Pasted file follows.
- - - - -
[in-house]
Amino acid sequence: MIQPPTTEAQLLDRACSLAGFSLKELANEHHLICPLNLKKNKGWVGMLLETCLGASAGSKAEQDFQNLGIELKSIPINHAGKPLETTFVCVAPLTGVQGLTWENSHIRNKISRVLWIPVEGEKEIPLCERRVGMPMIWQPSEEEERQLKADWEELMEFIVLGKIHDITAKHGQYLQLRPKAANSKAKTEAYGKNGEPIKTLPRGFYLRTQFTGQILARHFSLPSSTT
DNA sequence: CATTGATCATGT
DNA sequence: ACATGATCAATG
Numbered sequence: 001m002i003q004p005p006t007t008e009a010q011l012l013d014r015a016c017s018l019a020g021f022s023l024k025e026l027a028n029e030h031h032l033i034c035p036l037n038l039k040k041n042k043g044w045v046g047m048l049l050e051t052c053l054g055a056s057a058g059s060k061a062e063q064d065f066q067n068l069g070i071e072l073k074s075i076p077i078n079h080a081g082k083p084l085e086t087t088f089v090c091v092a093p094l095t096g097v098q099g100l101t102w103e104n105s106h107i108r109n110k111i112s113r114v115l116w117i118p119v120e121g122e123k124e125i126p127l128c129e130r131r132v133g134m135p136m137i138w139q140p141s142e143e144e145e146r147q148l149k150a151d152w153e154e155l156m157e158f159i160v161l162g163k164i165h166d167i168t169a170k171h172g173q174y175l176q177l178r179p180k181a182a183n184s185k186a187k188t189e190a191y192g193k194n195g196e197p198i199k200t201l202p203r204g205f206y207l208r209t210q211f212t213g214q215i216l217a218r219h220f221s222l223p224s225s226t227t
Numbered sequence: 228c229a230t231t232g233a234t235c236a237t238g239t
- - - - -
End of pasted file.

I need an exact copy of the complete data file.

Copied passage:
[in-house]
Amino acid sequence: MIQPPTTEAQLLDRACSLAGFSLKELANEHHLICPLNLKKNKGWVGMLLETCLGASAGSKAEQDFQNLGIELKSIPINHAGKPLETTFVCVAPLTGVQGLTWENSHIRNKISRVLWIPVEGEKEIPLCERRVGMPMIWQPSEEEERQLKADWEELMEFIVLGKIHDITAKHGQYLQLRPKAANSKAKTEAYGKNGEPIKTLPRGFYLRTQFTGQILARHFSLPSSTT
DNA sequence: CATTGATCATGT
DNA sequence: ACATGATCAATG
Numbered sequence: 001m002i003q004p005p006t007t008e009a010q011l012l013d014r015a016c017s018l019a020g021f022s023l024k025e026l027a028n029e030h031h032l033i034c035p036l037n038l039k040k041n042k043g044w045v046g047m048l049l050e051t052c053l054g055a056s057a058g059s060k061a062e063q064d065f066q067n068l069g070i071e072l073k074s075i076p077i078n079h080a081g082k083p084l085e086t087t088f089v090c091v092a093p094l095t096g097v098q099g100l101t102w103e104n105s106h107i108r109n110k111i112s113r114v115l116w117i118p119v120e121g122e123k124e125i126p127l128c129e130r131r132v133g134m135p136m137i138w139q140p141s142e143e144e145e146r147q148l149k150a151d152w153e154e155l156m157e158f159i160v161l162g163k164i165h166d167i168t169a170k171h172g173q174y175l176q177l178r179p180k181a182a183n184s185k186a187k188t189e190a191y192g193k194n195g196e197p198i199k200t201l202p203r204g205f206y207l208r209t210q211f212t213g214q215i216l217a218r219h220f221s222l223p224s225s226t227t
Numbered sequence: 228c229a230t231t232g233a234t235c236a237t238g239t